Diabetes Myths

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If you have diabetes, it can seem like everyone has advice for you. But how do you know what is true? Here are 4 myths about managing your diabetes.

Myth #1: You Can’t Eat Fruit

While it’s true that fruit contains carbohydrates, and carbs raise blood sugar, it’s not true that carbs or fruit are bad for people with diabetes. Even know they contain natural sugars they also provide phytochemicals, fiber and antioxidants and vitamins.

What can you do?

Enjoy a variety of fruits in reasonable portions. Learn the carb counts of your favorite ones and count them in your total allotment for your meal or snack. A certified nutritionist or diabetic educator can help create a meal plan that incorporates your favorites.

Myth #2: Sugar-Free

Sugar-free cookies, cakes and ice cream are popular, but they aren’t necessarily low in calories or even low in carbohydrates. They can have a big impact on your diabetes management! Carbs other than sugar — such as the flour and sugar alcohols in sugar-free desserts — affect your blood sugar levels, too.

What to do?

Carefully look at the nutrition facts on the label. Pay close attention to carb count.


Myth #3: Snacks

Eating snacks when you aren’t hungry might be one of the reasons you’re not slimming down and seeing healthier blood sugar numbers. In the past diabetic medications were not available which meant that you needed snacks to keep your blood sugar level. New medications don’t tend to cause hypoglycemia.

What to do?

Ask your nutritionist and medical doctor to learn if the medications you are taking require you to have a snack and what the best choice is. Nuts, cheese and low fat yogurt are good choices.



Myth #4: Big dinner, eat light during the day

The amount you eat , especially the amount of carbohydrates you eat matters at every meal! Shifting all your carbs and calories to one big meal can really affect your blood sugar.

What to do?

Instead of adding extra carbohydrates to your meal, which will just raise your blood sugar, swap one carb-rich food for another. I even tell my clients with diabetes forgo fruits, whole grains and other healthful carb-rich foods so they can enjoy a small slice of birthday cake. The key here is this should not be done often, but for a special occasion where you really want to enjoy this can be permissible as long as your medical doctor says ok!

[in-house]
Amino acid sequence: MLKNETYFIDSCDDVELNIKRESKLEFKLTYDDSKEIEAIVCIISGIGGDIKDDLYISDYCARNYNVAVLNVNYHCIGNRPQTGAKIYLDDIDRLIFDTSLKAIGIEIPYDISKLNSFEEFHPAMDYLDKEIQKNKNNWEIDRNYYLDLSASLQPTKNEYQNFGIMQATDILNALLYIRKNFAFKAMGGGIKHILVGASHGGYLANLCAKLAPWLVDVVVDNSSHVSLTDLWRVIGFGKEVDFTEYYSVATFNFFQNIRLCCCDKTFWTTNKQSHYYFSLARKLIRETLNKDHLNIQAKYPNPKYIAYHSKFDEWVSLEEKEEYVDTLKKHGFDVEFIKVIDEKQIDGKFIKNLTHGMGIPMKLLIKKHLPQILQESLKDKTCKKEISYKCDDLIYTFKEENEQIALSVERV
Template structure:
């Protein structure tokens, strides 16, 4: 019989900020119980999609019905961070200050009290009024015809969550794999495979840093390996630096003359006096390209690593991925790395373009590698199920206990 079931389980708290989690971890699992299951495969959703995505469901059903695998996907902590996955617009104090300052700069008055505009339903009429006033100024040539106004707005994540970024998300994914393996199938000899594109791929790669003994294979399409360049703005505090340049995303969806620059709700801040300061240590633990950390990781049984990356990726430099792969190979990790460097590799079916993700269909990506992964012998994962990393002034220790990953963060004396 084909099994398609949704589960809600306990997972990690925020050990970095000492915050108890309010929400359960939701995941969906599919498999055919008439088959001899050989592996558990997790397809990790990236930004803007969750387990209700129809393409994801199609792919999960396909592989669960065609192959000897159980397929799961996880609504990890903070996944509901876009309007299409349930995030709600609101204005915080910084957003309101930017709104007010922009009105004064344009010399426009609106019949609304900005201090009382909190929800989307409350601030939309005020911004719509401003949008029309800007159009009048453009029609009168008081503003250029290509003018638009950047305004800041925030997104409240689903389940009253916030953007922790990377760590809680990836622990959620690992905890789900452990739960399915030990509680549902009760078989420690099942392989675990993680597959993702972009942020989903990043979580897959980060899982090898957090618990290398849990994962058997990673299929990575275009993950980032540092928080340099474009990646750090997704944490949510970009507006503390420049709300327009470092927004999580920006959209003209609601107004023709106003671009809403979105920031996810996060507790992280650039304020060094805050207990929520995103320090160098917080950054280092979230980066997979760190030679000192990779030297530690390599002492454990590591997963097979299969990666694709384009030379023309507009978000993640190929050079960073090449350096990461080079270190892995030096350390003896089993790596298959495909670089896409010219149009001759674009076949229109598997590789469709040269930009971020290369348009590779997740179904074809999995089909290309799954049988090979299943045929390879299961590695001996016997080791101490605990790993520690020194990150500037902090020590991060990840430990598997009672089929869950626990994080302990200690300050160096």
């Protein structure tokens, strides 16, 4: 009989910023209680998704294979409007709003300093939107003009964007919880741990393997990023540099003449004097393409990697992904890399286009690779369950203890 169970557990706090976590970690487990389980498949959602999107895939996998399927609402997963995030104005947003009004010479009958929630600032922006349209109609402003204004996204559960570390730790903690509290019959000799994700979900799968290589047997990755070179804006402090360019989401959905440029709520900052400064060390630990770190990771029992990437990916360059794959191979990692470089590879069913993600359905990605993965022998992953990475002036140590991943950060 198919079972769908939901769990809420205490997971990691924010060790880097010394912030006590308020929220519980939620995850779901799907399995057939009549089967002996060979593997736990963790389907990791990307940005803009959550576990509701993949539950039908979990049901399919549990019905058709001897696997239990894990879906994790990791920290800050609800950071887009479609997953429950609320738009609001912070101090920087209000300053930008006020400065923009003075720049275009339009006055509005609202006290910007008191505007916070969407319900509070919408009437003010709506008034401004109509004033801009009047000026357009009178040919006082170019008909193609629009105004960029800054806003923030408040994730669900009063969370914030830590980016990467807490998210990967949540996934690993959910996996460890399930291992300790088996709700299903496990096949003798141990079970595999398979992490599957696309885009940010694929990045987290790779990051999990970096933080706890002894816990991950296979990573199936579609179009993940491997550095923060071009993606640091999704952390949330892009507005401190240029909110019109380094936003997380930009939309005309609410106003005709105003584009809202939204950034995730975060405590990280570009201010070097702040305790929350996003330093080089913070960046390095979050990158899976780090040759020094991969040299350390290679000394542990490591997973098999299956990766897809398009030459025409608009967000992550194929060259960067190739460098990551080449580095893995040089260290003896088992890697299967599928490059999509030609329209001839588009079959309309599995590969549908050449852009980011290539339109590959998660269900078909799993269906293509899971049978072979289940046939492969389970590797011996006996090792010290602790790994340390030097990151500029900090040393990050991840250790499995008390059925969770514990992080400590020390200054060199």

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Keep a Well-Stocked Pantry

When your pantry is full of staples, you’ll find you won’t need to run to the store in the middle of cooking dinner to get a bottle of soy sauce. Plus it makes it easier to improvise a dinner on the fly when you don’t already have something planned. Ingredients like pasta, canned beans and canned fish can be the basis of spur-of-the-moment meals.

Eat What You Love

Eating well is not about deprivation—it’s about that good feeling you get when you eat something that is flavorful, wholesome and satisfying. No food should be off limits. Studies show that depriving yourself of the foods you love, especially in the name of dieting, may cause you to overeat later. Embrace a delicious and healthy way of eating that you can sustain for your whole life. When you bake, limit added sugars. (Added sugars of any kind—whether it’s corn syrup, white sugar, maple syrup or agave—all add calories and don’t offer any nutritional value.) Savor desserts so you really enjoy it without feeling guilty. Bottom line is that maintaining a healthy weight comes down to balancing the amount of calories you eat with the amount you expend during the day.
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